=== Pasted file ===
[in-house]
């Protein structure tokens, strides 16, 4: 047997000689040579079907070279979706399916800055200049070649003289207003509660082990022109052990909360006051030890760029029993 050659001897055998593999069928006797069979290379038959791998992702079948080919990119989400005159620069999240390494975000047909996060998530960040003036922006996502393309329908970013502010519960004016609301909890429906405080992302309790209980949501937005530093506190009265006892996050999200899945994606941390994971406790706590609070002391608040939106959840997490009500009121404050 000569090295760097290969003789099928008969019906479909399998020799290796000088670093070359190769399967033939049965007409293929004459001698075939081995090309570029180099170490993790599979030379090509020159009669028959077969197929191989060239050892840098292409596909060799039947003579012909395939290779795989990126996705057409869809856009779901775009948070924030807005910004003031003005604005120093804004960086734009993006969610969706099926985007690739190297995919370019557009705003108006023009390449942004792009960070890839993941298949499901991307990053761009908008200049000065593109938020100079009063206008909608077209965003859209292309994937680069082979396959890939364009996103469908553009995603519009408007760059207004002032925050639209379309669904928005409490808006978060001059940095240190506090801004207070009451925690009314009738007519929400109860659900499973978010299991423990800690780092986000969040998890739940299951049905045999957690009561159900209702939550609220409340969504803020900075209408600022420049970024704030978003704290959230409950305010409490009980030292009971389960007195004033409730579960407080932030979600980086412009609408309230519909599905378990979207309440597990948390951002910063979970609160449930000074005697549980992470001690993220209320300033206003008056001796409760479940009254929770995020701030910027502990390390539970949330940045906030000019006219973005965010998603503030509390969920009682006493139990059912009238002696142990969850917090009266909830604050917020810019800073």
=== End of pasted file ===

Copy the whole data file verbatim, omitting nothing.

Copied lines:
[in-house]
């Protein structure tokens, strides 16, 4: 047997000689040579079907070279979706399916800055200049070649003289207003509660082990022109052990909360006051030890760029029993 050659001897055998593999069928006797069979290379038959791998992702079948080919990119989400005159620069999240390494975000047909996060998530960040003036922006996502393309329908970013502010519960004016609301909890429906405080992302309790209980949501937005530093506190009265006892996050999200899945994606941390994971406790706590609070002391608040939106959840997490009500009121404050 000569090295760097290969003789099928008969019906479909399998020799290796000088670093070359190769399967033939049965007409293929004459001698075939081995090309570029180099170490993790599979030379090509020159009669028959077969197929191989060239050892840098292409596909060799039947003579012909395939290779795989990126996705057409869809856009779901775009948070924030807005910004003031003005604005120093804004960086734009993006969610969706099926985007690739190297995919370019557009705003108006023009390449942004792009960070890839993941298949499901991307990053761009908008200049000065593109938020100079009063206008909608077209965003859209292309994937680069082979396959890939364009996103469908553009995603519009408007760059207004002032925050639209379309669904928005409490808006978060001059940095240190506090801004207070009451925690009314009738007519929400109860659900499973978010299991423990800690780092986000969040998890739940299951049905045999957690009561159900209702939550609220409340969504803020900075209408600022420049970024704030978003704290959230409950305010409490009980030292009971389960007195004033409730579960407080932030979600980086412009609408309230519909599905378990979207309440597990948390951002910063979970609160449930000074005697549980992470001690993220209320300033206003008056001796409760479940009254929770995020701030910027502990390390539970949330940045906030000019006219973005965010998603503030509390969920009682006493139990059912009238002696142990969850917090009266909830604050917020810019800073």